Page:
Most importantly I would like to thank my family who have supported me through the highs and low in my career on and off the field.”

This is what happens when away fans (West Brom's in this instance) give Grant Holt abuse Picture by Paul Chesterton/Focus Images LtdThis is what happens when away fans (West Brom's in this instance) give Grant Holt abuse Picture by Paul Chesterton/Focus Images Ltd

Yours sincerely

Holty.

And with that he was gone. Another legend ridden off into the sunset. Gone. But, like Wes Hoolahan just a few months before him, most certainly not forgotten.

The praise, tributes, hero worship flowed in for a man who served 17 clubs – some more than once – but surely never felt the sort of impact he had at Carrow Road.

In the early days, Holt, having tried his hand at Workington and then Halifax, had headed to Australia and then Singapore trying to get a game and ensure he would never again have to supplement his football income by working as a tyre-fitter.

He returned to play for Barrow in 2001, working part-time in a factory while scoring goals on a Saturday and finally, in 2003, he got the full-time life he desired, at Sheffield Wednesday. It didn’t exactly work out and Holt was off again, to Rochdale. And there it did work, with 42 goals in 80-odd appearances, which earned him a £300,000 move to Nottingham Forest. Forest fans voted him player of the season, but while Holt scored goals, life wasn’t a bed of roses, with issues over his contract and then life out on the right wing.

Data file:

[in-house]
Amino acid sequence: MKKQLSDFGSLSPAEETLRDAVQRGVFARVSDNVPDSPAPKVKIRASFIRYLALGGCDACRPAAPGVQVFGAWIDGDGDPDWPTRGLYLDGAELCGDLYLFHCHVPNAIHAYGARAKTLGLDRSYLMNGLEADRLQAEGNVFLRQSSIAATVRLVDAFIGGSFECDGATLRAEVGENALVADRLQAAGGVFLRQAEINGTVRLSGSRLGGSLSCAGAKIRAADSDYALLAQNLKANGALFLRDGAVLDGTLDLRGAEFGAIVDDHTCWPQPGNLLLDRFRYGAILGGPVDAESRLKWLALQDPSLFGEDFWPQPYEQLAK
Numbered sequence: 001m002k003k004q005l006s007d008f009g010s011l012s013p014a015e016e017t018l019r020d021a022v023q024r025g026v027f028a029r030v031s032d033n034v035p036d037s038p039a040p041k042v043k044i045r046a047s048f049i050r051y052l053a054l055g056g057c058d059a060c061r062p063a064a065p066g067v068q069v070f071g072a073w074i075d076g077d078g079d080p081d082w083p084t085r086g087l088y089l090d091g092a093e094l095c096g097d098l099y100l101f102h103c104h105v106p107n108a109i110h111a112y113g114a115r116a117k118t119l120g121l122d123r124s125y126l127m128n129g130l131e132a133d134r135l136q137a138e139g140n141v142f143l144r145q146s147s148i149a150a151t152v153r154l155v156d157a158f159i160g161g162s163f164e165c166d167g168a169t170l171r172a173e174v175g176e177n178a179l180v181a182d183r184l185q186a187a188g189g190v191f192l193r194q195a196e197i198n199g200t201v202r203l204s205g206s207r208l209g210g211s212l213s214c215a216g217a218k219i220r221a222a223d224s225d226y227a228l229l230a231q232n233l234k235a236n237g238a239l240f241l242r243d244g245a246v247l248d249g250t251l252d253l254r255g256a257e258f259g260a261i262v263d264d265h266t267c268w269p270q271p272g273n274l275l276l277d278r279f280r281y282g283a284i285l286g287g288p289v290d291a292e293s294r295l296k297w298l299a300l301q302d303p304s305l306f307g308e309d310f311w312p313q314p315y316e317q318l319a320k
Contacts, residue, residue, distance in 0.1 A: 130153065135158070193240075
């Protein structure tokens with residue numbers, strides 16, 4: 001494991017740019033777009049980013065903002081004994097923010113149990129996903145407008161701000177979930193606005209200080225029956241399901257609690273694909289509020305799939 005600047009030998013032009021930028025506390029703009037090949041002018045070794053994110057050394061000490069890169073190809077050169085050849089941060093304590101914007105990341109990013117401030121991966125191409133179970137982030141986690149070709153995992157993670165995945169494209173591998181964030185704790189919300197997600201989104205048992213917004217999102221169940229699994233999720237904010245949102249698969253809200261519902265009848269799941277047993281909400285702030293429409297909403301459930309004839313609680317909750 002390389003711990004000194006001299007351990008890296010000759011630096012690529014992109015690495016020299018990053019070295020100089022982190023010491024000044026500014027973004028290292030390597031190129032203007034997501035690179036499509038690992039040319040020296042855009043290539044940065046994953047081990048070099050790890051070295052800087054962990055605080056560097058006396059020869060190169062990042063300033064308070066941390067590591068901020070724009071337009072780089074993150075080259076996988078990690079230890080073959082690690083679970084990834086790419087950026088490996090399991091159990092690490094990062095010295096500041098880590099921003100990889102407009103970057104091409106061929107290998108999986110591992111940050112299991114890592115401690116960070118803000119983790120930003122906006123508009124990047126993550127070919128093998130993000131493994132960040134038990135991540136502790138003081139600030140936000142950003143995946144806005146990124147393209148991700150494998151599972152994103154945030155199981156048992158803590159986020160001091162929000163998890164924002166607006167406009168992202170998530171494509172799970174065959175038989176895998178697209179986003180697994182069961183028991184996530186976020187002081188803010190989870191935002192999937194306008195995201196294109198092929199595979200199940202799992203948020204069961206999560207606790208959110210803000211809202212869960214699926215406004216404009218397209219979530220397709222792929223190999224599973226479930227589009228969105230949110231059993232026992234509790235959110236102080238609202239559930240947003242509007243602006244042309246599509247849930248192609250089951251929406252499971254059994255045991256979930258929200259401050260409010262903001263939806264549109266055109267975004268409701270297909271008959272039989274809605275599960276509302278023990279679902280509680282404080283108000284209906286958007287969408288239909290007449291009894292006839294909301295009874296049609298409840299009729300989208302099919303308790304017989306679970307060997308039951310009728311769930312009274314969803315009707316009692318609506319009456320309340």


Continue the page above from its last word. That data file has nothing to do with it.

A short loan at Blackpool was followed by a move to Shrewsbury in the summer of 2008, scoring 20 goals in his first season and again attracting interest.

And this is where the Grant Holt story really took off. Colchester apparently wanted to sign Holt but couldn’t afford him – but City could, and Bryan Gunn got the striker he hoped would fire his team straight back to the Championship.